Political information, elections and public policy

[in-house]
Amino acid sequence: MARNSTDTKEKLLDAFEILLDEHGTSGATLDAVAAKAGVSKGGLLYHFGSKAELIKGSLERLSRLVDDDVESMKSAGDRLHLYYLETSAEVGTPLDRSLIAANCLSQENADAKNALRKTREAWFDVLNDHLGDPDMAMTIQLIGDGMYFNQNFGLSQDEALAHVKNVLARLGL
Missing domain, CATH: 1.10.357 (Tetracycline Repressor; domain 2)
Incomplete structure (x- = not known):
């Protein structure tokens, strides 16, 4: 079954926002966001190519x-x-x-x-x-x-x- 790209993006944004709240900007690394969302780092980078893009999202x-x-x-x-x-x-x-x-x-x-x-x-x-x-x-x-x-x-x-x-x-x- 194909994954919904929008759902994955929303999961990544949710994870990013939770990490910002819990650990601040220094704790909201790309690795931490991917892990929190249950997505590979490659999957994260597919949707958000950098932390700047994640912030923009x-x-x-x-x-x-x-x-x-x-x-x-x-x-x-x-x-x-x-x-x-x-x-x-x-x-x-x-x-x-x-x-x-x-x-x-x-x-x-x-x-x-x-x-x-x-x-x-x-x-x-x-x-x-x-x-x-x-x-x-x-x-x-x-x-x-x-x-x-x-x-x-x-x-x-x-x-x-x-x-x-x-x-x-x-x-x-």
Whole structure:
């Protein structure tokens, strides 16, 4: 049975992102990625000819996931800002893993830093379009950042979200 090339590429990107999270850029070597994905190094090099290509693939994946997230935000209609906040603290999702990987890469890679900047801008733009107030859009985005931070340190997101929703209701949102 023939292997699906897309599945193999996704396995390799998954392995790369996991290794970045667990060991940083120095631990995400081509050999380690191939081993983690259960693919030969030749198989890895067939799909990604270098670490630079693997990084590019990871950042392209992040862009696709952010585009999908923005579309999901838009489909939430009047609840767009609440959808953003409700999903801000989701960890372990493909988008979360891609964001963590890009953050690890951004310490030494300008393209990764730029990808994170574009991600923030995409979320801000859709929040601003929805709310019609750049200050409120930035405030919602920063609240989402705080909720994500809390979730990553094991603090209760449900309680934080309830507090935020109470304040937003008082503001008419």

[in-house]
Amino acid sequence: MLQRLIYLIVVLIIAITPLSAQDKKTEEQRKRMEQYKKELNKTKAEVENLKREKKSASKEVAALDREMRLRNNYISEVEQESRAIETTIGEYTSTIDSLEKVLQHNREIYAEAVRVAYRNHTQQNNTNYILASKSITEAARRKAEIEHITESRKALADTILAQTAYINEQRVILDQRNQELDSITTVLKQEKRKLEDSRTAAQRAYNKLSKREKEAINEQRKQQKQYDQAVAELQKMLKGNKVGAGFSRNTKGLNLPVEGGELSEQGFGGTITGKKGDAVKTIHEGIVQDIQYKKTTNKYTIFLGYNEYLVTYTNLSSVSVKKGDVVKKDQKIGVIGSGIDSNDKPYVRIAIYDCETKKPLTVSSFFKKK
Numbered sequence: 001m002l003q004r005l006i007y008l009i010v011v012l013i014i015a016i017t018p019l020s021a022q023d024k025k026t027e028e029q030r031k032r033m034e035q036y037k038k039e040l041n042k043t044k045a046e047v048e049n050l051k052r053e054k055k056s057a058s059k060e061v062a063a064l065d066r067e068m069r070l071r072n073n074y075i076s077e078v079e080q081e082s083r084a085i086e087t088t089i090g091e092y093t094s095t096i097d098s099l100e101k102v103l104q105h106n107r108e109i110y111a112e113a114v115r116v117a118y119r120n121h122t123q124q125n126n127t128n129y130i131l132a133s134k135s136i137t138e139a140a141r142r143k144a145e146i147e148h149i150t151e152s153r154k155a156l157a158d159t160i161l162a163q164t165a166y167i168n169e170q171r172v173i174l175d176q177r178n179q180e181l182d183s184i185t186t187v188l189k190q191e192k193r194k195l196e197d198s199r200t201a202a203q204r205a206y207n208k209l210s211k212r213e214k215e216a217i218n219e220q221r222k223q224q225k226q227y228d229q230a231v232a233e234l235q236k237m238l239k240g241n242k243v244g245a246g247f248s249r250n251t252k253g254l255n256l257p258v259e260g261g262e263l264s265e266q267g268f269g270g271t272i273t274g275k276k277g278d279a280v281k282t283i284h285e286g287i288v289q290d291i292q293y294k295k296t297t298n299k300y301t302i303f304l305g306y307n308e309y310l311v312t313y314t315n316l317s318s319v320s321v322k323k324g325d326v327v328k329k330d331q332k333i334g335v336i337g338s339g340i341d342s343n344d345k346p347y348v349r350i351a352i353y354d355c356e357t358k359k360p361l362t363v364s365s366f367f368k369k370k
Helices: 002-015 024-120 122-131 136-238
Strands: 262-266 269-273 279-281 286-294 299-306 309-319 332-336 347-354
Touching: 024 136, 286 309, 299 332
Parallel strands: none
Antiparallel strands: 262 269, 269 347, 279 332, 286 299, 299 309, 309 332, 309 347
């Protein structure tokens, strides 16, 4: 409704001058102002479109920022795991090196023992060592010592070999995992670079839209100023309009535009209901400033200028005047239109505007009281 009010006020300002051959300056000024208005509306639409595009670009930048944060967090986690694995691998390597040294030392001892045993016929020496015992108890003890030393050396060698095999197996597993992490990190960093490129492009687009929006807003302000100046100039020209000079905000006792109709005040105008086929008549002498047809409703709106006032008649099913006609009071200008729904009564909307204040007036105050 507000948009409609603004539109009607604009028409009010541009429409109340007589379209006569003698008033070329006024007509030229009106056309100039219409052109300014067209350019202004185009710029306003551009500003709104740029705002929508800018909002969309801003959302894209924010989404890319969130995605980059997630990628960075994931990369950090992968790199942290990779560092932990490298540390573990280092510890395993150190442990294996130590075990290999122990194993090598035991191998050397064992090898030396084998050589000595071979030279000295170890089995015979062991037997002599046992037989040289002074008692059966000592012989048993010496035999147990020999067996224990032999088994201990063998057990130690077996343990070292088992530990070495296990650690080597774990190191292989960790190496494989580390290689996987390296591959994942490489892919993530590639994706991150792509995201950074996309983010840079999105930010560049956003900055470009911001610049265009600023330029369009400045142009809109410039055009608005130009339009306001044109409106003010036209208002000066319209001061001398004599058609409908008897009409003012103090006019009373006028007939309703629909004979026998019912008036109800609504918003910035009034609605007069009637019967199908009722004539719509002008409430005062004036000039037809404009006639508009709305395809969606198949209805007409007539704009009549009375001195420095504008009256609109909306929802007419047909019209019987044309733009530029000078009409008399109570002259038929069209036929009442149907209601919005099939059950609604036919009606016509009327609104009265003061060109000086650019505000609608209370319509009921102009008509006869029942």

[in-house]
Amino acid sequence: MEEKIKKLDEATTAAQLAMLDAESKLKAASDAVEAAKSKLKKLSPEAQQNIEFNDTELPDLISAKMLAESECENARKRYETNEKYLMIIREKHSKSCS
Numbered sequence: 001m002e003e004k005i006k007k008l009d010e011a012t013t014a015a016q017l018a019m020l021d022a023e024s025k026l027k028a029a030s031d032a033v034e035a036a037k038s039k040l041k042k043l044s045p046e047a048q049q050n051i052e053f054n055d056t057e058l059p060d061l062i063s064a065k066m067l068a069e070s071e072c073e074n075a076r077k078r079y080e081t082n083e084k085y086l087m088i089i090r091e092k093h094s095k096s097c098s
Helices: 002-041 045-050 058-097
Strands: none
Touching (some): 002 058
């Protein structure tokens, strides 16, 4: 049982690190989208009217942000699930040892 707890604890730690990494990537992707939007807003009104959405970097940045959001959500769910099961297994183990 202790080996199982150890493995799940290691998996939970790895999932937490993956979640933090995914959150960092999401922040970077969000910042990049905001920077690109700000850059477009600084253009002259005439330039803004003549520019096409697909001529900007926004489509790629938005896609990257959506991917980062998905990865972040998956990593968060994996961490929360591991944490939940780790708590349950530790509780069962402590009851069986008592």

This thesis contributes to the study of the role of information in elections and public policy formation. Its main focus is on information acquisition and voting behaviour. Chapter 1 discusses the motivation of this research and presents a survey of related literature. Chapter 2 focuses on electoral turnout, Chapter 3 on public policy, and Chapter 4 on mass media. Chapter 2 studies the impact of information on electoral turnout. Since incentives to be informed are correlated with other incentives to participate in public life, a model of information acquisition and turnout is introduced to isolate potential instrumental variables and try to establish a causal relation. Results are tested on the 1997 General Election in Britain. It is shown that information, as well as ideology, matters for turnout. It also contributes to explain the systematic correlation of turnout with variables like education and income. Voters' knowledge of candidates and of other political issues is also substantially influenced by mass media. Chapter 3 presents a model that links the distribution of political knowledge with redistributive policies. It argues that voters can have private incentives to be informed about politics and that such incentives are correlated with income. Therefore redistribution will be systematically lower than what the median voter theorem predicts. Moreover, more inequality does not necessarily lead to an increase in redistribution and constitutional restrictions might have unintended consequences. In Chapter 4 it is argued that instrumentally motivated voters should increase their demand for information when elections are close. In supplying news, mass media should take into account information demand, as well as the value of customers to advertisers and the cost of reaching marginal readers. Information supply should therefore be larger in electoral constituencies where the contest is expected to be closer, the population is on average more valuable for advertisers, and the population density is higher. These conclusions are then tested with good results on data from the 1997 General Election in Britain.